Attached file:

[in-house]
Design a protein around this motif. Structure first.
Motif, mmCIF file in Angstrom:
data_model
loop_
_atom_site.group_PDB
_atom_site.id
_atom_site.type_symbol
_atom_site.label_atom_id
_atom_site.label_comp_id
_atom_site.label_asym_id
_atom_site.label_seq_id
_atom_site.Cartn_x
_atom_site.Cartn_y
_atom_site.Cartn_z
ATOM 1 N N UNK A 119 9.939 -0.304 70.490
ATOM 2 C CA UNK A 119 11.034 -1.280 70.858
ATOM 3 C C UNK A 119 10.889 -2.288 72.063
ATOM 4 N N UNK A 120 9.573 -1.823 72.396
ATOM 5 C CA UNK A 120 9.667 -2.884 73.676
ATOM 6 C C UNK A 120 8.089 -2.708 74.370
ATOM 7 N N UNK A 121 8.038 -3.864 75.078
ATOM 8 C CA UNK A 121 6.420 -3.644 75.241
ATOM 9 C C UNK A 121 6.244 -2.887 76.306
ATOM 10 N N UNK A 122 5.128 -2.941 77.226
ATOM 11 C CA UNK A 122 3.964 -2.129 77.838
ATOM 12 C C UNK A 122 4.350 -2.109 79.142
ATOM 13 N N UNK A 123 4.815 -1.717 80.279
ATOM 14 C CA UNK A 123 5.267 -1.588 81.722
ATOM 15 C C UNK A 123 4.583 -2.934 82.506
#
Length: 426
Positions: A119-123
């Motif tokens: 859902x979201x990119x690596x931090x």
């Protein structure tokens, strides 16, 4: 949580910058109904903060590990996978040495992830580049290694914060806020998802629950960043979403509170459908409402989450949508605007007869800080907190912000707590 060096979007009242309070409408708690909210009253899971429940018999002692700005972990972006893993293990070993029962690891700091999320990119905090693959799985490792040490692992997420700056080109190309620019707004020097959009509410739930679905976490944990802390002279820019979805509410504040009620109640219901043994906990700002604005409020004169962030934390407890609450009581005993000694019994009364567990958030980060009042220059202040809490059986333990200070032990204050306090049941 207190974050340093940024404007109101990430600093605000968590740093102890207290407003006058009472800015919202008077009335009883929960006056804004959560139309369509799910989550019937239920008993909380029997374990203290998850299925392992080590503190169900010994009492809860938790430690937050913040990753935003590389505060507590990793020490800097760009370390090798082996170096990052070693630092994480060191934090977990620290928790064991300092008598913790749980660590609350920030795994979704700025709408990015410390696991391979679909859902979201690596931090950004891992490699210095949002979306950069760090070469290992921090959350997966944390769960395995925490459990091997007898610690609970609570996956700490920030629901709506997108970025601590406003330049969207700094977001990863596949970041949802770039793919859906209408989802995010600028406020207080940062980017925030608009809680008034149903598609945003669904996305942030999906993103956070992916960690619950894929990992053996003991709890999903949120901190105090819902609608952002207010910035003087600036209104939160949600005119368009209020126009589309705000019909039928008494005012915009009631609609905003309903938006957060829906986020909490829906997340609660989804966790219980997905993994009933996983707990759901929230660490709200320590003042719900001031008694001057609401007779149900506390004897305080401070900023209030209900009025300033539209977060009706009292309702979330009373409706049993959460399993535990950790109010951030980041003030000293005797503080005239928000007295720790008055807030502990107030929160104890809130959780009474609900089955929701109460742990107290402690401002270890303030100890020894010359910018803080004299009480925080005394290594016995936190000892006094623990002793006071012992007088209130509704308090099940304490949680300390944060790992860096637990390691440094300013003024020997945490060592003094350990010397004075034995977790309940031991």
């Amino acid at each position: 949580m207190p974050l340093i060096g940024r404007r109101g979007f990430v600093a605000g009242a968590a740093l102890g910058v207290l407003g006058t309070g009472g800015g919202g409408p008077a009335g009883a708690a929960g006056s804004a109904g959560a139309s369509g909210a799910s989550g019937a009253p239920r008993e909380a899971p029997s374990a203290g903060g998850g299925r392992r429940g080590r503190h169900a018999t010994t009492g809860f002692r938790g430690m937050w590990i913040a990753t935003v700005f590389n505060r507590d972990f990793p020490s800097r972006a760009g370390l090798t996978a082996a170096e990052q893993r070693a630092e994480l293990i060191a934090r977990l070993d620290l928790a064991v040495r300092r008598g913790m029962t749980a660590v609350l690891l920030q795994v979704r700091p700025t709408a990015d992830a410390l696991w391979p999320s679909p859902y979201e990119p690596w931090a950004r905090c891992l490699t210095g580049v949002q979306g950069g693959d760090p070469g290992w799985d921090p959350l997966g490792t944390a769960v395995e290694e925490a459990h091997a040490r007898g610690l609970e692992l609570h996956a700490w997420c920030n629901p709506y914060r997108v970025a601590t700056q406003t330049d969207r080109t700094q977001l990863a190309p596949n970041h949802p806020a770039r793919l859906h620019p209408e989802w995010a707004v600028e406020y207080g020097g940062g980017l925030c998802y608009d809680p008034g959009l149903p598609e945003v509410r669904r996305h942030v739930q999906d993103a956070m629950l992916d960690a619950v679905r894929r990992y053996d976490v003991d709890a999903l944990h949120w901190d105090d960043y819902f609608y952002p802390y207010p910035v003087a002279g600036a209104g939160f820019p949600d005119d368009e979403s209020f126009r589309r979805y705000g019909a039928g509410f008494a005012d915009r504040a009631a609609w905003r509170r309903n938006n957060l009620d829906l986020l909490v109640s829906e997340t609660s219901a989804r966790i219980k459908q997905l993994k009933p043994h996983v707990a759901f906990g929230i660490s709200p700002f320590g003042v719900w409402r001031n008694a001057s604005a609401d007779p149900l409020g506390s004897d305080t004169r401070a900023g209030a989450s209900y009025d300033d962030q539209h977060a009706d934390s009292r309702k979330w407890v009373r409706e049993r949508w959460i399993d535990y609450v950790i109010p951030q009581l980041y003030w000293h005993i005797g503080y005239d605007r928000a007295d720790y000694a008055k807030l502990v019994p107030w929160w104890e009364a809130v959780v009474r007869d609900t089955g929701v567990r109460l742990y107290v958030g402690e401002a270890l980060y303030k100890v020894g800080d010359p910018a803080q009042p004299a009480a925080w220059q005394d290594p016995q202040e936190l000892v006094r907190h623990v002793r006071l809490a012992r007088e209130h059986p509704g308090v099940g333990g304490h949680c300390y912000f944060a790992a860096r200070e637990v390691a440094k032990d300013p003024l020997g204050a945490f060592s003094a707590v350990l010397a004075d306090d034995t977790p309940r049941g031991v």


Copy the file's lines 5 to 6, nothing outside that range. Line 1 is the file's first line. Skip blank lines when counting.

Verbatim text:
loop_
_atom_site.group_PDB